When Kathy Payette was in eighth grade, she started experiencing unexplained muscle weakness. Over a period of three years in the mid-1970s, she visited several doctors, all of whom were puzzled by her symptoms. When she was 17, Kathy spent a week at the Mayo Clinic with a team of doctors who concluded she had limb-girdle muscular dystrophy.
She accepted the diagnosis. But because it was based on observation rather than genetic mapping (which at the time was still the stuff of science fiction) she understood that she might have something else entirely.
“Over the last 40 years, I have confidently told people that I have LGMD, always knowing deep down inside that at any time a doctor could tell me ‘With the new findings we have, we now think you have’ some other disease,” she says.
So when she learned that MDA Care Centers offer genetic testing for people experiencing muscle weakness suggesting LGMD who do not already have a genetic diagnosis, she jumped at the opportunity.
“I thought at the time it would just be nice to know definitively,” Kathy, now 56 and living in Green Bay, Wis., says.
The results had more of an impact than she expected.
“Much to my surprise, when I received the phone call it was like a weight was lifted off of me. I felt like I found out a little something about who I am that I never knew,” she says. “It really made me smile. It also gives me hope.”
Genetic testing is important for individuals like Kathy because definitive results “will allow clinicians to diagnose and treat individuals with more accuracy as some subtypes of LGMD require different forms of intervention because they are much more likely than others to involve the cardiac or respiratory muscles,” says Valerie A. Cwik, MDA Executive Vice President and Chief Medical and Scientific Officer.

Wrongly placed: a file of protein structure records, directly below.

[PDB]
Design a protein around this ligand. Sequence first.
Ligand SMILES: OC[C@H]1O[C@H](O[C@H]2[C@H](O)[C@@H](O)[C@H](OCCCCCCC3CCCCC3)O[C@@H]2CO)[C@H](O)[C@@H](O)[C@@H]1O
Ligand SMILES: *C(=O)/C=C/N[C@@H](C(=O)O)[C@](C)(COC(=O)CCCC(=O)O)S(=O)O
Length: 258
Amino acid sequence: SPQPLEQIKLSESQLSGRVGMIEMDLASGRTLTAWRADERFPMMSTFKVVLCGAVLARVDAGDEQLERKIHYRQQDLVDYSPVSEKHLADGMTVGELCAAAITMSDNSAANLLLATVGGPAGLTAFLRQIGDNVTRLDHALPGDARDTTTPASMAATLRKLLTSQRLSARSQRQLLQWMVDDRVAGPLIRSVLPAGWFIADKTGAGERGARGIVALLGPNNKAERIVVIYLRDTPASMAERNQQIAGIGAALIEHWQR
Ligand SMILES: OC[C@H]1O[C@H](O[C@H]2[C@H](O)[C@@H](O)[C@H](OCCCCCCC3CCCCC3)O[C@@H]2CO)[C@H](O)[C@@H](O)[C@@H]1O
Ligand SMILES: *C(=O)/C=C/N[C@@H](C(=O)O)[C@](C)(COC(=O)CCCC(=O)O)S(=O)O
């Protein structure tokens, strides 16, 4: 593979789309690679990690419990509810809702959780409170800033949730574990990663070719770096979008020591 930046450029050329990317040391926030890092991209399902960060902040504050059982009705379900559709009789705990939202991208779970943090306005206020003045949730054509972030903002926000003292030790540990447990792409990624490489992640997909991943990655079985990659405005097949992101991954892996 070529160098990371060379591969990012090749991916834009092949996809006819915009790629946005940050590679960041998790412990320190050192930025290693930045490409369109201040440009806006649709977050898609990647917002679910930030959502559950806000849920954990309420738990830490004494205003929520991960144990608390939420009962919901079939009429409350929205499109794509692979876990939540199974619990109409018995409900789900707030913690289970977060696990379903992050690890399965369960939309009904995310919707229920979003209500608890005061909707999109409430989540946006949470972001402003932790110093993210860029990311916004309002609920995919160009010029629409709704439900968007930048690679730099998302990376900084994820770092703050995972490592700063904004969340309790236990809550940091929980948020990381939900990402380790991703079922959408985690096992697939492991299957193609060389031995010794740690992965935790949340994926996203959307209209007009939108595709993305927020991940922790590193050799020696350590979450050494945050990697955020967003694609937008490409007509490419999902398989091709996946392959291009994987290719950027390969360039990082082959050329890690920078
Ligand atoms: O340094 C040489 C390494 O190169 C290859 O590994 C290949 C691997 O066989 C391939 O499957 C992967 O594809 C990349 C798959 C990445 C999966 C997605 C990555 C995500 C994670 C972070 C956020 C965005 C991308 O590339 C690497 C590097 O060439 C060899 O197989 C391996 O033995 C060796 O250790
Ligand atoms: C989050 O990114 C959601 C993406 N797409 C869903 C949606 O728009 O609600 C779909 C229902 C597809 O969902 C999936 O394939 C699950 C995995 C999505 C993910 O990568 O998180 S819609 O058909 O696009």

The simple test requires only a saliva sample, which can be collected at any one of MDA’s Care Centers across the country. From there, it is sent to Emory Genetic Laboratory, and within two to three months results are returned to the MDA physician, who then shares the findings with patients and their families.
Patients interested in learning more about genetic testing are encouraged to reach out to their local office, where specialists like Sarah Arndt, who helped Kathy through the testing process, can discuss options.
“My role is to direct our families to the right doctors and resources so they can manage their diseases and get the best treatment possible,” says Arndt, a senior Family Support and Clinical Care Coordinator for MDA Green Bay. “I was so pleased to be a part of Kathy getting answers to questions she’s had for four decades. Helping MDA families is the greatest reward.”
Learning that she has LGMD type 2A has also been rewarding for Kathy.
“Now I know what is causing my muscles to deteriorate and not be able to build up again. More importantly when I look at research articles there is no more guessing if I have this or that type. When researchers talk about different treatments and I see them being developed I can read the articles and relate completely to what is going on in me,” she says.
The genetic testing program is made possible by a grant from Genzyme, a Sanofi company, and in collaboration with Emory Genetics Laboratory. To find an MDA Care Center near you and to learn more, visit https://www.mda.org/services/your-mda-care-center